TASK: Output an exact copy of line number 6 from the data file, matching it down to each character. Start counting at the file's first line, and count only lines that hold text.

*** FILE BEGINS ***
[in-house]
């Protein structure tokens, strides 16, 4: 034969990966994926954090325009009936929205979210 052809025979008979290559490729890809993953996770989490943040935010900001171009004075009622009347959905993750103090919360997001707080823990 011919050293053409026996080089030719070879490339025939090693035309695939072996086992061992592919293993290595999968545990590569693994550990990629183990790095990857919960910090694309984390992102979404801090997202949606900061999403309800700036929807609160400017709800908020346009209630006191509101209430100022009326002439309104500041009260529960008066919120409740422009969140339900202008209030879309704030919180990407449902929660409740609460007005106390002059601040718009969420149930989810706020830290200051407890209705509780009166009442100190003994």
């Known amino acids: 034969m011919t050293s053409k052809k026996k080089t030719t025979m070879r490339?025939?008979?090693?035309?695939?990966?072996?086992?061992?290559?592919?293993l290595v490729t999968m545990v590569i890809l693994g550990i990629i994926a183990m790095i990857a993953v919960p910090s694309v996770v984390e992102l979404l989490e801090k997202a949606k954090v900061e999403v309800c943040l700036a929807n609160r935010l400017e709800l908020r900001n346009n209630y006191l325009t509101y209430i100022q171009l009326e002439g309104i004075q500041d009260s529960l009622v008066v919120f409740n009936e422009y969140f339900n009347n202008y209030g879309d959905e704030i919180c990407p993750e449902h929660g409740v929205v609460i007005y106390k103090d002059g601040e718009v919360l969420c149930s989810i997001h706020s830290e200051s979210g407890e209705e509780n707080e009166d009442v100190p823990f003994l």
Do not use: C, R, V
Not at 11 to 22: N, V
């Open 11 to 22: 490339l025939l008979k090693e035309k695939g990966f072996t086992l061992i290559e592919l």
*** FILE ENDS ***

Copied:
């Open 11 to 22: 490339l025939l008979k090693e035309k695939g990966f072996t086992l061992i290559e592919l």